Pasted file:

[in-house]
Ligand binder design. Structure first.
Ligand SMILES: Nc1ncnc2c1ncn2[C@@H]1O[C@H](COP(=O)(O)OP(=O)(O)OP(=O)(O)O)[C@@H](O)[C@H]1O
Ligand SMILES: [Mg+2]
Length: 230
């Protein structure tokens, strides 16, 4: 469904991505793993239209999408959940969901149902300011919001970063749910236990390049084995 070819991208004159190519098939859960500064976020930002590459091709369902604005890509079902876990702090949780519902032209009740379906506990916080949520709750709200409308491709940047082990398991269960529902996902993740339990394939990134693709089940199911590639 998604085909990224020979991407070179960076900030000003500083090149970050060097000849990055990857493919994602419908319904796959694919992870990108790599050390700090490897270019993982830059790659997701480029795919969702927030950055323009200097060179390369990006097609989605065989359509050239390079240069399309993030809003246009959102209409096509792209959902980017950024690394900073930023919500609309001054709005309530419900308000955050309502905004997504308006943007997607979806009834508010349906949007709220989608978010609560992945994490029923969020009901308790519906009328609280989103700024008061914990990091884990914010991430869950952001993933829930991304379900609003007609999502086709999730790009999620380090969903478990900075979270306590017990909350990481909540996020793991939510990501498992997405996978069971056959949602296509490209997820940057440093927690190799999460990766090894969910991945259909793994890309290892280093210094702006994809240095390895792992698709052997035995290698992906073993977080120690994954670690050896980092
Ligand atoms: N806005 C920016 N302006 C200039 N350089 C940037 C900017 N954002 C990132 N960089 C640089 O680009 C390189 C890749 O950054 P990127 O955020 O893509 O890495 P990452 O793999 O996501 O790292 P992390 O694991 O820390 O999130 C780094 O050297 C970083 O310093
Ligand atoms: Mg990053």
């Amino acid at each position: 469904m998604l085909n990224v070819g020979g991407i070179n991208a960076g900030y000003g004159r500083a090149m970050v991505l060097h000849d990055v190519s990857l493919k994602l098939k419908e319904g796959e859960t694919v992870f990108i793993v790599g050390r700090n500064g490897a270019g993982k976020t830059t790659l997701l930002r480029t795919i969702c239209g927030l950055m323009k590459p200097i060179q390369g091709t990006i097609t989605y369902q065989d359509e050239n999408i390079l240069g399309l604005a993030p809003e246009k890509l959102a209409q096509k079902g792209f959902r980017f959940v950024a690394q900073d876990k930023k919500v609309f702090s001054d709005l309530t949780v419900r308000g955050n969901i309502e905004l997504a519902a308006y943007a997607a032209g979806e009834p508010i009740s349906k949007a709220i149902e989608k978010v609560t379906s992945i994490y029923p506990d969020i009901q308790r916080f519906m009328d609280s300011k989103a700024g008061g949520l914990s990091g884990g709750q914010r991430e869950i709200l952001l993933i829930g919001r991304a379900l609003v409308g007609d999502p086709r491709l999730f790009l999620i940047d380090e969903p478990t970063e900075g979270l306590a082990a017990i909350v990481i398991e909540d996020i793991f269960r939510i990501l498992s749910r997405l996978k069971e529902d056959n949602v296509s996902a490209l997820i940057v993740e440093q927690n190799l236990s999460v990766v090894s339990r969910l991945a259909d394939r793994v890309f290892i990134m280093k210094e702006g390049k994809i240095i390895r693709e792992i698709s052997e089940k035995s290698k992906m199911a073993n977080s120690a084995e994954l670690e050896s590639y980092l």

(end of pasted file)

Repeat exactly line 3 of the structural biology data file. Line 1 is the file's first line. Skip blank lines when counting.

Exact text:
Ligand SMILES: Nc1ncnc2c1ncn2[C@@H]1O[C@H](COP(=O)(O)OP(=O)(O)OP(=O)(O)O)[C@@H](O)[C@H]1O